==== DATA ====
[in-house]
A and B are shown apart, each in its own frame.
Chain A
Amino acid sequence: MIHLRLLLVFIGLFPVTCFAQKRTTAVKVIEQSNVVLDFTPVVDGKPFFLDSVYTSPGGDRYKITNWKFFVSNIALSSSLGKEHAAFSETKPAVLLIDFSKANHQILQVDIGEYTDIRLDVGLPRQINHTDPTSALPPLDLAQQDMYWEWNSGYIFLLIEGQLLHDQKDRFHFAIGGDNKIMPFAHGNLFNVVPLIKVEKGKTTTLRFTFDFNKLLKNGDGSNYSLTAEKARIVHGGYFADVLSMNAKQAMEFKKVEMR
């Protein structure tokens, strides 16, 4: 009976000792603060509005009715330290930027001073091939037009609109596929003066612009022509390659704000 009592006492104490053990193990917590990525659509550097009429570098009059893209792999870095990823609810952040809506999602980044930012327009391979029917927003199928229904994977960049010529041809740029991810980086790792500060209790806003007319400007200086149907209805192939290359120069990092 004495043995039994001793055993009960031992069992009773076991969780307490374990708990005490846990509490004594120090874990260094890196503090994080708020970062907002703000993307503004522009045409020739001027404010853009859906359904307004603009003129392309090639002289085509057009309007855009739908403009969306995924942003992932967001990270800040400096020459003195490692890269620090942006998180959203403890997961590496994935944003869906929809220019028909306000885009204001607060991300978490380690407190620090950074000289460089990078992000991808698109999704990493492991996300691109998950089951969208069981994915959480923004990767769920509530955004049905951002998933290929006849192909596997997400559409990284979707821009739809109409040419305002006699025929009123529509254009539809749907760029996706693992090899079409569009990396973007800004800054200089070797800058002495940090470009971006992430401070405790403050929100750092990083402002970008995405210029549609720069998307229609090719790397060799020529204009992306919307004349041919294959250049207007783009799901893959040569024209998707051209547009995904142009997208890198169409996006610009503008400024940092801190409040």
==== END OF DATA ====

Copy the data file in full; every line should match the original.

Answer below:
[in-house]
A and B are shown apart, each in its own frame.
Chain A
Amino acid sequence: MIHLRLLLVFIGLFPVTCFAQKRTTAVKVIEQSNVVLDFTPVVDGKPFFLDSVYTSPGGDRYKITNWKFFVSNIALSSSLGKEHAAFSETKPAVLLIDFSKANHQILQVDIGEYTDIRLDVGLPRQINHTDPTSALPPLDLAQQDMYWEWNSGYIFLLIEGQLLHDQKDRFHFAIGGDNKIMPFAHGNLFNVVPLIKVEKGKTTTLRFTFDFNKLLKNGDGSNYSLTAEKARIVHGGYFADVLSMNAKQAMEFKKVEMR
């Protein structure tokens, strides 16, 4: 009976000792603060509005009715330290930027001073091939037009609109596929003066612009022509390659704000 009592006492104490053990193990917590990525659509550097009429570098009059893209792999870095990823609810952040809506999602980044930012327009391979029917927003199928229904994977960049010529041809740029991810980086790792500060209790806003007319400007200086149907209805192939290359120069990092 004495043995039994001793055993009960031992069992009773076991969780307490374990708990005490846990509490004594120090874990260094890196503090994080708020970062907002703000993307503004522009045409020739001027404010853009859906359904307004603009003129392309090639002289085509057009309007855009739908403009969306995924942003992932967001990270800040400096020459003195490692890269620090942006998180959203403890997961590496994935944003869906929809220019028909306000885009204001607060991300978490380690407190620090950074000289460089990078992000991808698109999704990493492991996300691109998950089951969208069981994915959480923004990767769920509530955004049905951002998933290929006849192909596997997400559409990284979707821009739809109409040419305002006699025929009123529509254009539809749907760029996706693992090899079409569009990396973007800004800054200089070797800058002495940090470009971006992430401070405790403050929100750092990083402002970008995405210029549609720069998307229609090719790397060799020529204009992306919307004349041919294959250049207007783009799901893959040569024209998707051209547009995904142009997208890198169409996006610009503008400024940092801190409040």